Thursday, November 8, 2007

At the Drive-In - Relationship of Command

Relationship of Command was the last album by At the Drive-In before they split up, the singer and a guitarist leaving to form The Mars Volta, the bassist, drummer, and other guitarist creating Sparta. You can definitely see elements of both bands in Drive-In, although they're closer to Sparta in general sound. Drive-In is like a combination of both bands that has the best parts of neither. They don't have the more accessible catchiness of Sparta or eccentric creativity of Volta. It doesn't mean they're worse than either though, just different. They have a similar punk rock vibe, with more chaos and creativity in place of choruses and standard progression. The singer is definitely better than Sparta's, although he's more prone to just shouting. They're a loud, aggressive band, with a penchant for lyrics that don't make a lot of sense. It can sound a little too much like the average modern punk band, but they have enough flourishes and good ideas to elevate them.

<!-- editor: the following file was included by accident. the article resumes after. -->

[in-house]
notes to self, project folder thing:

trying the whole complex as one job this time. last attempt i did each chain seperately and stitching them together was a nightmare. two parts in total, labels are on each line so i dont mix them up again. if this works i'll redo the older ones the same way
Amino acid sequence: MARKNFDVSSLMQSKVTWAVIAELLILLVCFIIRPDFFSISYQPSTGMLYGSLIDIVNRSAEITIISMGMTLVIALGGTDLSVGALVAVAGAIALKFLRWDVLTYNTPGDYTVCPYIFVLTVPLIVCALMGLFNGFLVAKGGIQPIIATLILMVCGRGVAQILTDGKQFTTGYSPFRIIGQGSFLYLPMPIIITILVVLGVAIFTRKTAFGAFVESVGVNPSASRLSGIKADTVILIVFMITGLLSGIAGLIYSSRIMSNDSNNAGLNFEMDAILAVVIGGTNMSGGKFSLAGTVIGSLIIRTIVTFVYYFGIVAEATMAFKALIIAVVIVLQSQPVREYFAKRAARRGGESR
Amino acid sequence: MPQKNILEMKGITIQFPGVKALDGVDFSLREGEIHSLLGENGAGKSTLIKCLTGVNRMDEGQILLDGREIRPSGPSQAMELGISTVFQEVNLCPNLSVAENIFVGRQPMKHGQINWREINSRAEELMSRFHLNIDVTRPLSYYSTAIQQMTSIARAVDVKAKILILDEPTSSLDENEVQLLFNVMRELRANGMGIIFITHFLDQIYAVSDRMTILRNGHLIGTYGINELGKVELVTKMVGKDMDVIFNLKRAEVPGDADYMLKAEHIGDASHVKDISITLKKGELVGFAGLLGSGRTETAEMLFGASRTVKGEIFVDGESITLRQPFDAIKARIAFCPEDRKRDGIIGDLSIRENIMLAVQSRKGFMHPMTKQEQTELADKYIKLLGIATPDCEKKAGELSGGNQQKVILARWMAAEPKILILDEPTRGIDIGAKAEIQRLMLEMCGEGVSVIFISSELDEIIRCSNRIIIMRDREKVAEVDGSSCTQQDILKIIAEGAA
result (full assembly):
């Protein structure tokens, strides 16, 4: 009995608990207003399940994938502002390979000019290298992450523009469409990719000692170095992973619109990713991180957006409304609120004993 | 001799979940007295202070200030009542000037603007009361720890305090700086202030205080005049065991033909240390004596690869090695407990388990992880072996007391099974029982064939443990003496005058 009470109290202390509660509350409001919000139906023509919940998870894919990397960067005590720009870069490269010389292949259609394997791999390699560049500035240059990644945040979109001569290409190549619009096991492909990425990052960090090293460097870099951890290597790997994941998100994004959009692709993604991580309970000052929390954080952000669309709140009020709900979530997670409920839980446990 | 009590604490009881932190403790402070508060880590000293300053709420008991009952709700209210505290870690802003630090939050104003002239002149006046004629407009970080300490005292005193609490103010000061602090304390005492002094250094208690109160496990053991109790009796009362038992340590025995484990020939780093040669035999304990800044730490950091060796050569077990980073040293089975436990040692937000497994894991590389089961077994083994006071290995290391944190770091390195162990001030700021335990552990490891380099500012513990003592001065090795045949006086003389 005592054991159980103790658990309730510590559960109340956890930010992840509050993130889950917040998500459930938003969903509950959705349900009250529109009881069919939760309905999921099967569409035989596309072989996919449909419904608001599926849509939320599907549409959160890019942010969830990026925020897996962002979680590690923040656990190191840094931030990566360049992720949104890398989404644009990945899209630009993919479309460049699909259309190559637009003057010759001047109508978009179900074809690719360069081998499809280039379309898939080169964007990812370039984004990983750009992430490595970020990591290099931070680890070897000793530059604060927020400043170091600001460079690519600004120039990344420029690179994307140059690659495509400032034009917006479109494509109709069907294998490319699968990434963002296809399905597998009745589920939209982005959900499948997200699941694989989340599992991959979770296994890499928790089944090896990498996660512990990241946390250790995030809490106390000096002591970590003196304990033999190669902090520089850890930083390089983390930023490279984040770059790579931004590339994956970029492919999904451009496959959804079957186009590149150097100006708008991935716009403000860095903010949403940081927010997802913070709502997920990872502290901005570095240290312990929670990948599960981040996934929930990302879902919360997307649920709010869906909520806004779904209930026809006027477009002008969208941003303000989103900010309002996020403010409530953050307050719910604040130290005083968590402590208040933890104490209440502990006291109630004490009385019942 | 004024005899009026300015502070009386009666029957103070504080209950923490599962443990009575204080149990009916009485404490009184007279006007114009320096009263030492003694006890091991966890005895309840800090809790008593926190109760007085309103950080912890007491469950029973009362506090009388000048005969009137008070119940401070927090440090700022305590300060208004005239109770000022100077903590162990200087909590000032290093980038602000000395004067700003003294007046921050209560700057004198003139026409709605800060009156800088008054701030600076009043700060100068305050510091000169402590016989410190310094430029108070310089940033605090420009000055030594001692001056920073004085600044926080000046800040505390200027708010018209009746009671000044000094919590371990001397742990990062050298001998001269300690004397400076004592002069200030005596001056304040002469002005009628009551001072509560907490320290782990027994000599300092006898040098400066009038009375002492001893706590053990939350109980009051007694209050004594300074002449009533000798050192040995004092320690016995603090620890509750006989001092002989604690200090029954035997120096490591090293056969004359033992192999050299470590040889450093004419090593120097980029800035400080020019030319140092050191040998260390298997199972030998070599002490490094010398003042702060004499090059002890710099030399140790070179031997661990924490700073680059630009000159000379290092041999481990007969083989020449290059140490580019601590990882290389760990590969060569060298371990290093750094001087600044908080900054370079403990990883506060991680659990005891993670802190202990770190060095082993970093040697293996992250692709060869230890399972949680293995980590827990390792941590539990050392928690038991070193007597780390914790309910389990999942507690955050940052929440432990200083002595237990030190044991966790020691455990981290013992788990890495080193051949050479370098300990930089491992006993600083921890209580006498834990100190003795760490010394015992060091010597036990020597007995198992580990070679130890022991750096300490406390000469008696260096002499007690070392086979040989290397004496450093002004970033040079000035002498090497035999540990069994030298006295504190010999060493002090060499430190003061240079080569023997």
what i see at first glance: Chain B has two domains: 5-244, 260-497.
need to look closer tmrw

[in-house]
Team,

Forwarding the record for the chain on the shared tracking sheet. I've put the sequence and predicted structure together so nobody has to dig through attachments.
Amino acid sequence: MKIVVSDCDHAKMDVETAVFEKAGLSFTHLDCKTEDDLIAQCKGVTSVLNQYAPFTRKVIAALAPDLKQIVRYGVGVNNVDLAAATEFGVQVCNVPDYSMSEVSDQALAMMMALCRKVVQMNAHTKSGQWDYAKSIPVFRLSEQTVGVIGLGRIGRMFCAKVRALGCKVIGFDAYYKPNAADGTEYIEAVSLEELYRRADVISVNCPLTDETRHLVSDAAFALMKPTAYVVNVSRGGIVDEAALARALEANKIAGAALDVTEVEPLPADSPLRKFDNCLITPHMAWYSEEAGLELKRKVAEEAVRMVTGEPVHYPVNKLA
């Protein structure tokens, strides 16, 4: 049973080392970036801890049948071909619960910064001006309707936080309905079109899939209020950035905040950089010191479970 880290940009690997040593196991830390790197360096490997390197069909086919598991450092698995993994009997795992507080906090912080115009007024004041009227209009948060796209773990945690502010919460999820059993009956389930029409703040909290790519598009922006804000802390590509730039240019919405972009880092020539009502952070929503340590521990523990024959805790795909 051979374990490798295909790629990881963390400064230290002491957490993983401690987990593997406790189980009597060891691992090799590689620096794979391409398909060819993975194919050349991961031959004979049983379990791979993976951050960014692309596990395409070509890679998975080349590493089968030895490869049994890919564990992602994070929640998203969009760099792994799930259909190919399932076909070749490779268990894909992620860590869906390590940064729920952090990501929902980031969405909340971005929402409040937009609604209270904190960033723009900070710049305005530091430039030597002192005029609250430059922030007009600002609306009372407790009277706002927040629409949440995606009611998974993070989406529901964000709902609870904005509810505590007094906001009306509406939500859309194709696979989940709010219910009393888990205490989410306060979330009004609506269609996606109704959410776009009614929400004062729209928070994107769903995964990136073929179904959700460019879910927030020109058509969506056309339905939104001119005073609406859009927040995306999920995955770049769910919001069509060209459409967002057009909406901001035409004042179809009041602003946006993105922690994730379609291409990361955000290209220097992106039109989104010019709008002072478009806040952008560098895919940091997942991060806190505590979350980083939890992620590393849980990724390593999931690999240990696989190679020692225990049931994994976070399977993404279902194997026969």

"Arcarsenal" gets things going with a flurry of drums and diddling guitar that explode into the song proper. "Pattern Against User" is a solid rock song with a pleasant interlude stuffed in the middle. "One Armed Scissor" is probably the most radio-friendly long song the album, which could explain why it was on the radio. "Invalid Litter Dept." is the longest track, and is pretty good, with spoken verses over nice guitars and a catchy chorus. "Enfilade" starts with a creepy phone call and is one of the more out-there songs, with warbled vocals and a unique sounding refrain. "Quarantined" is another good track with a stately pace and many enjoyable elements. "Non-Zero Possibility" is the mellowest song and does some nice things, and is followed by two bonus tracks that keep bringing the off-kilter, loud sound they've been making the whole way through. I'm not as into this kind of thing as I used to be, but it's still a very enjoyable album thanks to its less common elements.

Wednesday, November 7, 2007

Ratchet and Clank Future: Tools of Destruction